PS News

PS News presents reports on recent College activities and a selection of announcements, events and initiatives in the wider education community that may be of interest to our members.

Special Education consultation

Spotlight on Special Education

Sixty-four participants from across the province shared their expertise, knowledge and experience at the College’s October 21st consultation, Inquiring into the Professional Knowledge, Skills and Practices Related to Special Education Qualifications. Supervisory officers, principals, vice-principals, faculty advisers, Special Education consultants and classroom teachers were invited to provide input for the revision of the Special Education AQ course guidelines. Algonquin elder Skip Ross opened the gathering with a smudging ceremony.

Special Education has the highest enrolment of any of the 368 AQ courses available in both English and French in Ontario. From April to October 2010, 10,000 College members took Special Education AQ courses in English and 500 took them in French. It’s expected that a total of 20,000 teachers will take these courses by the end of this year.

Robert Caruso, OCT, is a Special Education teacher at St. Theresa of Lisieux Catholic High School in the York Catholic DSB who participated in the consultation. “It’s a vital process to go through,” he says. “It gives teachers a voice in how courses are modified or changed to the meet the needs of students they serve.”

“What’s critical is the capacity to hear the many voices in an authentic way,” says another participant, Shirley Kendrick, OCT, Acting Assistant Superintendent of Special Education and Support Services in the Dufferin-Peel Catholic DSB.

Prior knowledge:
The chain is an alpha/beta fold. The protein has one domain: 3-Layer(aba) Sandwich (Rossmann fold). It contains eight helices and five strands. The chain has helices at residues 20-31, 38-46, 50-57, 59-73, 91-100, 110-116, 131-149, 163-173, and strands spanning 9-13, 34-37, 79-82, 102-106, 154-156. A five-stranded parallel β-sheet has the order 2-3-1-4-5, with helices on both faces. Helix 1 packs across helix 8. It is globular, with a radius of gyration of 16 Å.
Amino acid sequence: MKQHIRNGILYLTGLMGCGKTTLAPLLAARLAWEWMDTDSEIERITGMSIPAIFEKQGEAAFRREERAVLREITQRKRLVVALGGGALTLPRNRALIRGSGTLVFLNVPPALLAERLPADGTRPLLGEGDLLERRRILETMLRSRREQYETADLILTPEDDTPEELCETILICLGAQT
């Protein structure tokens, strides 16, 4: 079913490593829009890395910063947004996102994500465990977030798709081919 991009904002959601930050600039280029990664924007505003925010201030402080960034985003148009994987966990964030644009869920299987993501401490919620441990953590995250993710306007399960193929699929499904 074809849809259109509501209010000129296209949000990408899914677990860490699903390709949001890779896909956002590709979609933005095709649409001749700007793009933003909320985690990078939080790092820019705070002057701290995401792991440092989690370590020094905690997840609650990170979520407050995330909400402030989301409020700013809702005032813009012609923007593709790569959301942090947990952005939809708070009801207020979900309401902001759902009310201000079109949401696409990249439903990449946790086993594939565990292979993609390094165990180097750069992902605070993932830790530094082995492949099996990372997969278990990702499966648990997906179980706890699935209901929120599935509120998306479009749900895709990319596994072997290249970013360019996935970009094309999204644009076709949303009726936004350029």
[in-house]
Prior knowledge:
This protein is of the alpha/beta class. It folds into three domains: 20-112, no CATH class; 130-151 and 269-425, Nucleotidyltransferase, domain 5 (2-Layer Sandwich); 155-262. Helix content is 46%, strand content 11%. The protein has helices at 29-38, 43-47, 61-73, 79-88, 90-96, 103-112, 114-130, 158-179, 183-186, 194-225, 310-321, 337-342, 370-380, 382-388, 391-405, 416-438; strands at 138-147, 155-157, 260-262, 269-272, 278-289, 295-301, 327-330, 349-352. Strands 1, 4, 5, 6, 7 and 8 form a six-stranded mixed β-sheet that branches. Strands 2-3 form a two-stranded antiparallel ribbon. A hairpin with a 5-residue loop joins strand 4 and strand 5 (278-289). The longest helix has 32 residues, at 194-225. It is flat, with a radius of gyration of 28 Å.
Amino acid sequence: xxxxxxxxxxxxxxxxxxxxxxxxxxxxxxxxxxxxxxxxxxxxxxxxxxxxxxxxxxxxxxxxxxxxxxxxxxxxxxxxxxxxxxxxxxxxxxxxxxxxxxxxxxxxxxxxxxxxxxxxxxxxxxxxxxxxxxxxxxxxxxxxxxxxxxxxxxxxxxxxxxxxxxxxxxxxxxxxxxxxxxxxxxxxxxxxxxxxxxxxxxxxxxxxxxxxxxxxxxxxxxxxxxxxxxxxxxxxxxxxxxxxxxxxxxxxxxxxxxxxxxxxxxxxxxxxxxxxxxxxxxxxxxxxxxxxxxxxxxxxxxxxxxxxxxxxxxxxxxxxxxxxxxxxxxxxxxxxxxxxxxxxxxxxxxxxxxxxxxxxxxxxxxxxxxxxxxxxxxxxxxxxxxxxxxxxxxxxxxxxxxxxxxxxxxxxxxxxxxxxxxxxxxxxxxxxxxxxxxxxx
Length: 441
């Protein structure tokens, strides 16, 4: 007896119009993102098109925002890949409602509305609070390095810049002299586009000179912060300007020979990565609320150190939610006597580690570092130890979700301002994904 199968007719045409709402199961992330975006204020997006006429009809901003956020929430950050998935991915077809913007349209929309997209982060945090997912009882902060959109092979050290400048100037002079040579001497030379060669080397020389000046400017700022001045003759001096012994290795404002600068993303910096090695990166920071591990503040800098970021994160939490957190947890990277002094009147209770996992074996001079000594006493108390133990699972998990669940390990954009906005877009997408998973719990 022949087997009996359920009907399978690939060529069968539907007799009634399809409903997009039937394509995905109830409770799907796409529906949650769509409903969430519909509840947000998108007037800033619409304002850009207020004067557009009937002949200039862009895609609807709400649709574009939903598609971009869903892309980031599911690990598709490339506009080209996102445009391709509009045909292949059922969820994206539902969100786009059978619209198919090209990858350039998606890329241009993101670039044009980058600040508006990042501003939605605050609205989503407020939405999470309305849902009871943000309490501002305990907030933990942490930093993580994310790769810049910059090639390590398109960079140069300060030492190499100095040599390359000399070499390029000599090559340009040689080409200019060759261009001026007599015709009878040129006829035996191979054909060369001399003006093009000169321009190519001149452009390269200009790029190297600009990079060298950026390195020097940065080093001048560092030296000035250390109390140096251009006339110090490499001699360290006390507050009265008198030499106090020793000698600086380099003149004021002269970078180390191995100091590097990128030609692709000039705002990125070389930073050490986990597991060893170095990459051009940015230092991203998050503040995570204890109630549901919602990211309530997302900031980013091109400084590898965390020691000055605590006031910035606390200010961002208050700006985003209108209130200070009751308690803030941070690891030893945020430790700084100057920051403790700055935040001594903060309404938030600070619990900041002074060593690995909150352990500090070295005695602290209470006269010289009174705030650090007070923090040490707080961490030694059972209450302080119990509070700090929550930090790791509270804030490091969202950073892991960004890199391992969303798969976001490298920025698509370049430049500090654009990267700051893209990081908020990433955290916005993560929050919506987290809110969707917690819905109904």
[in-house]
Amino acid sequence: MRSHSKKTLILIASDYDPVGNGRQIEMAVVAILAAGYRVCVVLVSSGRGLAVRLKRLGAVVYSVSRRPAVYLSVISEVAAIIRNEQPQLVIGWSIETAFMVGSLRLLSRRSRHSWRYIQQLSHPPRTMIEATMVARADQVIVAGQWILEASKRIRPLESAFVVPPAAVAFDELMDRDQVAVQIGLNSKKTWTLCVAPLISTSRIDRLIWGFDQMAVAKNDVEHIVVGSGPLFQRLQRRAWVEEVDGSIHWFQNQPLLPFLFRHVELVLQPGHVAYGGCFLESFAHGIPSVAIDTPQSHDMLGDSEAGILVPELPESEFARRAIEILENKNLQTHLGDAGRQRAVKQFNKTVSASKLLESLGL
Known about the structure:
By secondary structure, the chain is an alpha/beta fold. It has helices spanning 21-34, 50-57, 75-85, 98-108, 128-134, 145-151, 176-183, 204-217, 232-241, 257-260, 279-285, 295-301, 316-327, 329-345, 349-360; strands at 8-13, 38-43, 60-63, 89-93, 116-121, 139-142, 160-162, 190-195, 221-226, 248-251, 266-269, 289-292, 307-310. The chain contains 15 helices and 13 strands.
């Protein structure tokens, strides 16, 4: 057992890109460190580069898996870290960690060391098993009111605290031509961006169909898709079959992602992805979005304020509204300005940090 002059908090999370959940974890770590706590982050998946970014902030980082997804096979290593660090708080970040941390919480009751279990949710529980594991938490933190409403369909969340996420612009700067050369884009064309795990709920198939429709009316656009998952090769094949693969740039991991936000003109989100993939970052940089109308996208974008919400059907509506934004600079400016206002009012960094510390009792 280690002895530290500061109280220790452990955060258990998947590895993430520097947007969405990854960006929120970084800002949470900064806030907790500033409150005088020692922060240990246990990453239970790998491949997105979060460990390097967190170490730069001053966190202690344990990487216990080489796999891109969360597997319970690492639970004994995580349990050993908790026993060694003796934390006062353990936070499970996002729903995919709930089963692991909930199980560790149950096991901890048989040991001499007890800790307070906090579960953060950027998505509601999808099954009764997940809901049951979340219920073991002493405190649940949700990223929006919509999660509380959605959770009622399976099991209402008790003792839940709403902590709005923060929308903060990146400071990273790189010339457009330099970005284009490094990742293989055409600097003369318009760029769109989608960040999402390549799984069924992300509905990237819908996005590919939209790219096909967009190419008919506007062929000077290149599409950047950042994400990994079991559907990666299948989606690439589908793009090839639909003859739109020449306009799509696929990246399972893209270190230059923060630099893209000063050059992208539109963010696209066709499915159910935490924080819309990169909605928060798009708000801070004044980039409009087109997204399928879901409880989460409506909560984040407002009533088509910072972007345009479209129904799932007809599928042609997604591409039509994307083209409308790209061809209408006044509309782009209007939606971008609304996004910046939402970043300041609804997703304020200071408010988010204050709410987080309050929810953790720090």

The consultation generated 20 written reports on discussions that covered topics like “How can we bring a critical (social justice) perspective to Special Education courses?” and “What recent legislation and Ministry publications affect professional practice in Special Education?”

The College has sent out feedback forms to seek input from district school boards, faculties, AQ providers, the Ministry of Education, community groups that support children with unique needs and other education partners.

The reports and feedback forms will inform the revision of the guidelines in 2011. “These courses support the ongoing professional learning of our members, enabling them to serve students who are often at the margins in our society,” says Déirdre Smith, OCT, manager of the College’s Standards of Practice and Education Unit. “This is self-regulation in action. The College membership will inform policy development on these guidelines.”

More than 60 participants shared their thoughts and ideas about Special Education at a consultation at the College October 21.